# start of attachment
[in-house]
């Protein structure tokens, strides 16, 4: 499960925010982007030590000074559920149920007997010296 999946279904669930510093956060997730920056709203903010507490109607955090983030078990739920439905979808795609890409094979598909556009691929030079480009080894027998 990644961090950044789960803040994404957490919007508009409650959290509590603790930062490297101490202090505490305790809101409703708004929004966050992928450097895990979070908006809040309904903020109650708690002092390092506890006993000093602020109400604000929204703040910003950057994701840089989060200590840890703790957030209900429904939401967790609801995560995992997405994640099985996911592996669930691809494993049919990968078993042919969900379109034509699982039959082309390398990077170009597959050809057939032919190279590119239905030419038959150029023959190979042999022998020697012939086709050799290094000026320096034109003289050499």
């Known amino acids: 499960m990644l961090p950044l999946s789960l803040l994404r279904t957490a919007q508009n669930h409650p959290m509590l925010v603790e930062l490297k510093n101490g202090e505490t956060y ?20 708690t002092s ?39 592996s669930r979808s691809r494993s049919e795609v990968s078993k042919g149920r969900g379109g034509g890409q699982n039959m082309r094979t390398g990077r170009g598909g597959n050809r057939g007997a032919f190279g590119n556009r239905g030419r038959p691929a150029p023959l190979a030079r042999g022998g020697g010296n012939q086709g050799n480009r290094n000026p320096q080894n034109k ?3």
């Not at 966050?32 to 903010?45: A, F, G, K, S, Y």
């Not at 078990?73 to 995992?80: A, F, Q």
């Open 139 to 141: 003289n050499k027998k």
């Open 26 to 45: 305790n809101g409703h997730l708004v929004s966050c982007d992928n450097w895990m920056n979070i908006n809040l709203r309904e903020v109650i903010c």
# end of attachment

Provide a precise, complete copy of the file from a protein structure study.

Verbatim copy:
[in-house]
């Protein structure tokens, strides 16, 4: 499960925010982007030590000074559920149920007997010296 999946279904669930510093956060997730920056709203903010507490109607955090983030078990739920439905979808795609890409094979598909556009691929030079480009080894027998 990644961090950044789960803040994404957490919007508009409650959290509590603790930062490297101490202090505490305790809101409703708004929004966050992928450097895990979070908006809040309904903020109650708690002092390092506890006993000093602020109400604000929204703040910003950057994701840089989060200590840890703790957030209900429904939401967790609801995560995992997405994640099985996911592996669930691809494993049919990968078993042919969900379109034509699982039959082309390398990077170009597959050809057939032919190279590119239905030419038959150029023959190979042999022998020697012939086709050799290094000026320096034109003289050499």
């Known amino acids: 499960m990644l961090p950044l999946s789960l803040l994404r279904t957490a919007q508009n669930h409650p959290m509590l925010v603790e930062l490297k510093n101490g202090e505490t956060y ?20 708690t002092s ?39 592996s669930r979808s691809r494993s049919e795609v990968s078993k042919g149920r969900g379109g034509g890409q699982n039959m082309r094979t390398g990077r170009g598909g597959n050809r057939g007997a032919f190279g590119n556009r239905g030419r038959p691929a150029p023959l190979a030079r042999g022998g020697g010296n012939q086709g050799n480009r290094n000026p320096q080894n034109k ?3």
């Not at 966050?32 to 903010?45: A, F, G, K, S, Y």
């Not at 078990?73 to 995992?80: A, F, Q």
């Open 139 to 141: 003289n050499k027998k």
């Open 26 to 45: 305790n809101g409703h997730l708004v929004s966050c982007d992928n450097w895990m920056n979070i908006n809040l709203r309904e903020v109650i903010c």